State Sen. Scott Wiener’s bill that would give the state more control over local zoning and mandate taller buildings on transit corridors died in committee today, but Wiener has vowed to bring it back.
SB 827, which has galvanized tenant groups, anti-displacement advocates and neighborhoods around the state, lost 3-7 at the Senate Transportation and Housing Committee.
That’s a huge setback for Wiener, since the committee is by no means a center of progressive thought – and most of the members don’t represent cities that could be heavily impacted by the bill.
Wiener said that this is just the start of his effort to let the private market solve the state’s housing crisis:
“While I’m disappointed that Senate Bill 827 won’t be moving forward this year, I’m heartened by the conversation it has started, both with those who support the bill and with critics of the bill. The passion we have seen around this bill is driven by what we are all feeling – that California’s housing costs are unsustainable and our housing policies aren’t working. California needs to get at the heart of our housing shortage, not just work around the edges, or we will become a hollowed out state with no middle class …Now, my job is to take the conversation started by SB 827, and get to work on developing a proposal that meets the ambitious goals of this bill, while incorporating what we have learned since we introduced it. I will continue to work with anyone who shares the critical goals of creating more housing for people in California, and I look forward to working in the coming months to develop a strong proposal for next year.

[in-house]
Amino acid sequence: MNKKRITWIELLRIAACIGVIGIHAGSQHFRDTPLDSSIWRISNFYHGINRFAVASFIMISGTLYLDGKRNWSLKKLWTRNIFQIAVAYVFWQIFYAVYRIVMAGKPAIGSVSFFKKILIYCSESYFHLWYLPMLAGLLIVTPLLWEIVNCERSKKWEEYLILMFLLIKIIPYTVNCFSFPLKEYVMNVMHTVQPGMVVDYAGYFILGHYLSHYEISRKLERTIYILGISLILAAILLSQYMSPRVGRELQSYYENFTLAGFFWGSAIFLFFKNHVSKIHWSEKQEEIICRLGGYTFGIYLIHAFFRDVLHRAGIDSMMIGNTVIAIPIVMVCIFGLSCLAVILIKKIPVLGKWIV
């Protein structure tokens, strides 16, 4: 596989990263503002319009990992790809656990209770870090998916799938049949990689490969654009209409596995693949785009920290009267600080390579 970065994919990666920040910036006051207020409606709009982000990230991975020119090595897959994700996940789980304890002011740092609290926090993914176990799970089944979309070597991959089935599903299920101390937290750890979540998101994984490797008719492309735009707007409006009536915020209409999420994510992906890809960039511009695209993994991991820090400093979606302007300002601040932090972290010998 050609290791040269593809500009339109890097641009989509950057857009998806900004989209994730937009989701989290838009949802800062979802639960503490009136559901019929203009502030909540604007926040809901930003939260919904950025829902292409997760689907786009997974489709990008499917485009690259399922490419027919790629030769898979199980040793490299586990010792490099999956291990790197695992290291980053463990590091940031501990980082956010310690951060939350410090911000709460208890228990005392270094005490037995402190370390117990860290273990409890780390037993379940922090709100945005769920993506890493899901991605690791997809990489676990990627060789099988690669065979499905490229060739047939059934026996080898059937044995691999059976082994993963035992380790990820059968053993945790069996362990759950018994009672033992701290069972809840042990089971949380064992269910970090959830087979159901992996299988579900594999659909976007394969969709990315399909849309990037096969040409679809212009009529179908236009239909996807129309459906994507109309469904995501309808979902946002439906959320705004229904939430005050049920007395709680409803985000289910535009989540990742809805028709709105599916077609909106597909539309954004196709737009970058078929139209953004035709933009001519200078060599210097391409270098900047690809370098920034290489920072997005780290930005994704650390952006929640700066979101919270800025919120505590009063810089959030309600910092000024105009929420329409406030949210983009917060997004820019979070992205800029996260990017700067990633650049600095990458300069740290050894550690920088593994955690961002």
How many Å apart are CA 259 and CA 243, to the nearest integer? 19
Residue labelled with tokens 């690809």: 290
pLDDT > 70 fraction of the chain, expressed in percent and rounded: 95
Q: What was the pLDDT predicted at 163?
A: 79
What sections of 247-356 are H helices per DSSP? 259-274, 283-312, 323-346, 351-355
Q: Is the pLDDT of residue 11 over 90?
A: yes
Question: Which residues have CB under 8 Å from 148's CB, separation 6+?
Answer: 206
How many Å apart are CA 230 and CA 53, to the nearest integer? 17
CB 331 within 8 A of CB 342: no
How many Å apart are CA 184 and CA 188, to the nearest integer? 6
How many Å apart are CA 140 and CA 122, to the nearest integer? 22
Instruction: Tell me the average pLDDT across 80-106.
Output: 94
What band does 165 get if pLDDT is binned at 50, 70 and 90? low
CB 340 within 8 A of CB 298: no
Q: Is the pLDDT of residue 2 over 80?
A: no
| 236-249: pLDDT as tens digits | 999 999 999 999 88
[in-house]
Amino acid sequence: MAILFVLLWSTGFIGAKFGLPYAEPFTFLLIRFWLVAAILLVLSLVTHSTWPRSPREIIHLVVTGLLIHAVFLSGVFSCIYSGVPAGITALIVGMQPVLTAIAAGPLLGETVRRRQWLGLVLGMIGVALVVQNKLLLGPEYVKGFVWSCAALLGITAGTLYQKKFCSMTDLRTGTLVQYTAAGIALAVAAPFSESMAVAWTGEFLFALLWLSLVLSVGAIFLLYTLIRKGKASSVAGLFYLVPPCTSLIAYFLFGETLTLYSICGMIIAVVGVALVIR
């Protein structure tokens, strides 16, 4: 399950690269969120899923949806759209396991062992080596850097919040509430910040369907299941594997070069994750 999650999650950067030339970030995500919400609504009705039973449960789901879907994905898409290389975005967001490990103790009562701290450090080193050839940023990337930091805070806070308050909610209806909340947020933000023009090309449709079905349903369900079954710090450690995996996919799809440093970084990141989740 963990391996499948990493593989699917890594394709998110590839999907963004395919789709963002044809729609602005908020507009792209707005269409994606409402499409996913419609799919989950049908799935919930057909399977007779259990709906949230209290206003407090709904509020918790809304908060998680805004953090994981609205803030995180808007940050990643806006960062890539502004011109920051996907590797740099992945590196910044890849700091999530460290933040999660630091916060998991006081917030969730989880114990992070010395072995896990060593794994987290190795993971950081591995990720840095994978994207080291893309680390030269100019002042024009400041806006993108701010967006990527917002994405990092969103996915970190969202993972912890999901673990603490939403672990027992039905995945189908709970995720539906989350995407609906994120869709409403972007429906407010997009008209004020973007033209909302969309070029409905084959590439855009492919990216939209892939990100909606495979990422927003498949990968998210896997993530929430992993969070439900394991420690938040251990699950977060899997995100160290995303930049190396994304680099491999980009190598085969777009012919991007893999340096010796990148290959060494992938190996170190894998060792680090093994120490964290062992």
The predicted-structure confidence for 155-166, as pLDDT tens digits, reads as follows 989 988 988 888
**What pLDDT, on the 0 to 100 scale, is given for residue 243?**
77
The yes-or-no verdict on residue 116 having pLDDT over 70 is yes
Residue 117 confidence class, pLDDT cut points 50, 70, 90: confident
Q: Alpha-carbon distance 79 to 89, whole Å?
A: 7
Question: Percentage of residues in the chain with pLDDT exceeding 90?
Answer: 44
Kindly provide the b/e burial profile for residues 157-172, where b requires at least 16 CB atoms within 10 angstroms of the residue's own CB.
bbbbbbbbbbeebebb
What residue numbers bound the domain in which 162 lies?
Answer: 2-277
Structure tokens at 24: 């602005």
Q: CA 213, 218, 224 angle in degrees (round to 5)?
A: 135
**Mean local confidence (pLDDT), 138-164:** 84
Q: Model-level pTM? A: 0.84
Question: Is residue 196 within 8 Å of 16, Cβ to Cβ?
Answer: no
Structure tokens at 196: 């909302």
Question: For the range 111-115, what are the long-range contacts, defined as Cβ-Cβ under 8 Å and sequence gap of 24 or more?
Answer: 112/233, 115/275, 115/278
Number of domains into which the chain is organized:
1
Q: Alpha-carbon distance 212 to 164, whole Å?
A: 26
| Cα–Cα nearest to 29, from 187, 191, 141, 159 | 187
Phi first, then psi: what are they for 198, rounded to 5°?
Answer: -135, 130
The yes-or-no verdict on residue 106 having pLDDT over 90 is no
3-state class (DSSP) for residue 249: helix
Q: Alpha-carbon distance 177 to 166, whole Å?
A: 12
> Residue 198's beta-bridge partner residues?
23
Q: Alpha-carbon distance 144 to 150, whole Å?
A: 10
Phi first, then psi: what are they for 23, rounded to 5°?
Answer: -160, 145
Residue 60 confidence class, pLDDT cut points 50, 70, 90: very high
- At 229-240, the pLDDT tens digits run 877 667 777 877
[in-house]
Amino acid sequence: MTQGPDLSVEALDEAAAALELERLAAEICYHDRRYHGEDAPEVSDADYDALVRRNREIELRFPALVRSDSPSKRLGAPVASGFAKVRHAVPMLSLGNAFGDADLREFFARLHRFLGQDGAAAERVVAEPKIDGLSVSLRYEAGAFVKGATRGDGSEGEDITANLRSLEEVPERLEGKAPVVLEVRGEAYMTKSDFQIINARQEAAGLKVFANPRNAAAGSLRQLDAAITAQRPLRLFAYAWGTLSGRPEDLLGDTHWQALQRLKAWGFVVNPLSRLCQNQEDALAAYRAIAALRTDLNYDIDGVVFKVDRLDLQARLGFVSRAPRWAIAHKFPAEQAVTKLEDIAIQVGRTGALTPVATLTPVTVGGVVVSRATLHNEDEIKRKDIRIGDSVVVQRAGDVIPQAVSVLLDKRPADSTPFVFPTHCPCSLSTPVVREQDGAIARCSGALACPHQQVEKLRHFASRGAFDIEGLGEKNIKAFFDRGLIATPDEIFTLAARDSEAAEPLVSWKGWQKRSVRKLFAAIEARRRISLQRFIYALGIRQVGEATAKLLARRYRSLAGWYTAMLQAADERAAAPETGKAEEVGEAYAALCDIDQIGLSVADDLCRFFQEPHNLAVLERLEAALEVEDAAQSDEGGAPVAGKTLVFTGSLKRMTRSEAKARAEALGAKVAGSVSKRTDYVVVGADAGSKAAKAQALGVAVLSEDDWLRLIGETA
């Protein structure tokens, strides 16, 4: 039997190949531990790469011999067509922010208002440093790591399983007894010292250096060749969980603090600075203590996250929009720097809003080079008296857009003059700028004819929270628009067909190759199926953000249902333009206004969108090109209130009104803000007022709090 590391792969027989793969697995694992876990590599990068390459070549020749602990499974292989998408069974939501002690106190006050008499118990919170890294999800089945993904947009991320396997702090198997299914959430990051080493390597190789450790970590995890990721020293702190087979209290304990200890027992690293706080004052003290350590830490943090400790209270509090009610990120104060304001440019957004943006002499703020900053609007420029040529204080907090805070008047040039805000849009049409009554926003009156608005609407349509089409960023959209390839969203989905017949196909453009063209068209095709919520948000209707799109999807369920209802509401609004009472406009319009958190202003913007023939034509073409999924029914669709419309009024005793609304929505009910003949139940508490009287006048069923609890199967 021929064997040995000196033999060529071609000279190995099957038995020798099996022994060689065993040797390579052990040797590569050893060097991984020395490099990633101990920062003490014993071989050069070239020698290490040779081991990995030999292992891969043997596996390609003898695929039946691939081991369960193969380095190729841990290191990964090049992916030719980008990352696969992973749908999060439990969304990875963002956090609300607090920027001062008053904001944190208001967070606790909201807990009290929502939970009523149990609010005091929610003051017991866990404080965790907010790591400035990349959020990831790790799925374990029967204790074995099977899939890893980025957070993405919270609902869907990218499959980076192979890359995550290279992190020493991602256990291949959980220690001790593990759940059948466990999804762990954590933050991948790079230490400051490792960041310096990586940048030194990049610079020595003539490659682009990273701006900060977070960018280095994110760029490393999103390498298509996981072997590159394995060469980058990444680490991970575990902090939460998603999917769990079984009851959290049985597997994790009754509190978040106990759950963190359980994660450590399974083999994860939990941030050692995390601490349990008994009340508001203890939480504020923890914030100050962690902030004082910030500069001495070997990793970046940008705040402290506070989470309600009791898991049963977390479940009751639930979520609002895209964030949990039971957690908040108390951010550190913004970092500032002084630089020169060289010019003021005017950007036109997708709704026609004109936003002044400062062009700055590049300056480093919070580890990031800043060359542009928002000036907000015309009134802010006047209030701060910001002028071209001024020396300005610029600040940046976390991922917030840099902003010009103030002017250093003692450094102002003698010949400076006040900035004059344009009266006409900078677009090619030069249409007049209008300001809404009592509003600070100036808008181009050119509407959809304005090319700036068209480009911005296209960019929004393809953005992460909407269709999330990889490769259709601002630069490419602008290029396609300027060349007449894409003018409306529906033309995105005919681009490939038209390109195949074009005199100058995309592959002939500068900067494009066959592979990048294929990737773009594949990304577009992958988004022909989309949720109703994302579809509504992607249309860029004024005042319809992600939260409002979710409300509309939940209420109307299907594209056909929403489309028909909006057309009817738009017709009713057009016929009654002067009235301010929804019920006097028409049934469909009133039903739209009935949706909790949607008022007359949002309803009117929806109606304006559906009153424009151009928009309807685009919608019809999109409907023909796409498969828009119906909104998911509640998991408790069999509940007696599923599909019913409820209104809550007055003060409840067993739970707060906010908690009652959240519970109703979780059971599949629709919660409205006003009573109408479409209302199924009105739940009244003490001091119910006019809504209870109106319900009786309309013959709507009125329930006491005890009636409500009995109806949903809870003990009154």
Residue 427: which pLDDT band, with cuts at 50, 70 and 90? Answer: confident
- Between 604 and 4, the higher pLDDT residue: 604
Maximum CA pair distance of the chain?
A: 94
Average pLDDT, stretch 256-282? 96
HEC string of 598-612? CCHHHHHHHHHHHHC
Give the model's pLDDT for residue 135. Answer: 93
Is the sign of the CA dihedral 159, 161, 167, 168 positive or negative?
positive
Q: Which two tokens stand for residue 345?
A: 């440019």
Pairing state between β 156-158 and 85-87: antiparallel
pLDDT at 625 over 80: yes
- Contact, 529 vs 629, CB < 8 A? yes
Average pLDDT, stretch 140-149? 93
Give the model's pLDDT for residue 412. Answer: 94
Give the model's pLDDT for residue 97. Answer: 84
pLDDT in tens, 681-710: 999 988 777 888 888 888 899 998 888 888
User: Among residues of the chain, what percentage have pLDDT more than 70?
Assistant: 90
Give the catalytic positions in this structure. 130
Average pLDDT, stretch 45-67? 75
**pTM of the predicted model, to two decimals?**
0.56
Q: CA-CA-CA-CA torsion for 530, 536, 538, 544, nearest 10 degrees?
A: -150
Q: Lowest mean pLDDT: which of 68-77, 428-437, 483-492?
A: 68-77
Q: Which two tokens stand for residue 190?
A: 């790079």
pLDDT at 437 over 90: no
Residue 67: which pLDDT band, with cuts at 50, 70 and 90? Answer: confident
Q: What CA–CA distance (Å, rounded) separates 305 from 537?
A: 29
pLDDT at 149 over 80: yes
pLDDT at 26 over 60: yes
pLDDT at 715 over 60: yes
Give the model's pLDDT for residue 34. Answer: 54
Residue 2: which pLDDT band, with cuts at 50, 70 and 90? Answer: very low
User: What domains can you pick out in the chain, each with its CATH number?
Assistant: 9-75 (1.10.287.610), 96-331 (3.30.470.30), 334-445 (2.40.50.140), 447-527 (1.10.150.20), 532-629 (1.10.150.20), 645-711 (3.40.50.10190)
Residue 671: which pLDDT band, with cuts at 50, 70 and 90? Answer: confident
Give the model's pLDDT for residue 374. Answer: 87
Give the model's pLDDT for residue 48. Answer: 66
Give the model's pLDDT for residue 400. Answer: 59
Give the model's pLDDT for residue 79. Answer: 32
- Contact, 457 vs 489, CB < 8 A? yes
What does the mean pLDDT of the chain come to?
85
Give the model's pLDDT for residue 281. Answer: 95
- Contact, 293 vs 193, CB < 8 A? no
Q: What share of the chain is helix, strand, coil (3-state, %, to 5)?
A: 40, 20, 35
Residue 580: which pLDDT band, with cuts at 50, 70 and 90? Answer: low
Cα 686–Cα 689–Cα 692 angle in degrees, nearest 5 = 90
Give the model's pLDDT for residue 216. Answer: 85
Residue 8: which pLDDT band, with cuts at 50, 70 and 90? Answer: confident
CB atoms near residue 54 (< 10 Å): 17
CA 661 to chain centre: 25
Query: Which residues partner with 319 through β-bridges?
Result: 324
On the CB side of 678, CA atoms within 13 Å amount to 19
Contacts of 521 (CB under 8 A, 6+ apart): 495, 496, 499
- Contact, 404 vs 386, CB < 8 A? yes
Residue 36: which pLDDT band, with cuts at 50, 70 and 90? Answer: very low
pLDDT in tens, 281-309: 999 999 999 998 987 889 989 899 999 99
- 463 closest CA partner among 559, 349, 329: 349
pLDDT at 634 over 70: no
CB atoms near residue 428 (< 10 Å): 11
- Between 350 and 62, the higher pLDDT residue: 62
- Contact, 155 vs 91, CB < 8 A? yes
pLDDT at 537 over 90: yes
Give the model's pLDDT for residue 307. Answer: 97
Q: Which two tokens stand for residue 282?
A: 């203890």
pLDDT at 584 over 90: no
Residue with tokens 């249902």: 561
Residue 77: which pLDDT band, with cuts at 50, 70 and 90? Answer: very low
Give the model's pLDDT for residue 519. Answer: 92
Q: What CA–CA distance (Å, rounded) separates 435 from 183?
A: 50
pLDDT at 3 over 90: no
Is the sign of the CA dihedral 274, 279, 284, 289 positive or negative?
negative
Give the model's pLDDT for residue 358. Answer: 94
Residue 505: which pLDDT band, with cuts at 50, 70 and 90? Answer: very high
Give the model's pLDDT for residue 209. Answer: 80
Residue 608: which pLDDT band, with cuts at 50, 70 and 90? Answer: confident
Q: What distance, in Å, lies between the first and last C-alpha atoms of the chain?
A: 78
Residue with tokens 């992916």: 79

Sup. Jane Kim, who is campaigning for mayor in part on her opposition to this bill and its approach, released a statement tonight saying that:
“Today’s clear vote to reject SB 827 reflects the powerful voices of neighborhood, environmental, affordable housing, tenant and community groups who united to fight this fundamentally flawed bill,” said Kim. “What San Francisco needs is to work together to build more affordable and middle-class housing – not more luxury condos. Instead of a one-size-fits-all approach, we can build more housing without destroying our wonderful neighborhoods or turning over decisions about San Francisco’s future to developers and lobbyists. I have no doubt that the powerful forces behind SB 827 will try again, so this battle has just begun. I stand with the voters who know that San Francisco is our city –we need to shape it.”
The debate over SB 287 sharpened the divisions in the mayor’s race, with Sup. London Breed backing the bill and Kim and Mark Leno opposing it.
Kim has particularly used the measure to seek votes on the west side – and now will have to make clear that the threat is not over. Wiener is nothing if not tenacious, and the idea that the state Legislature will do what is has done over the past two decades – take away the ability of local government to mitigate the impacts of growth and gentrification – has not gone away.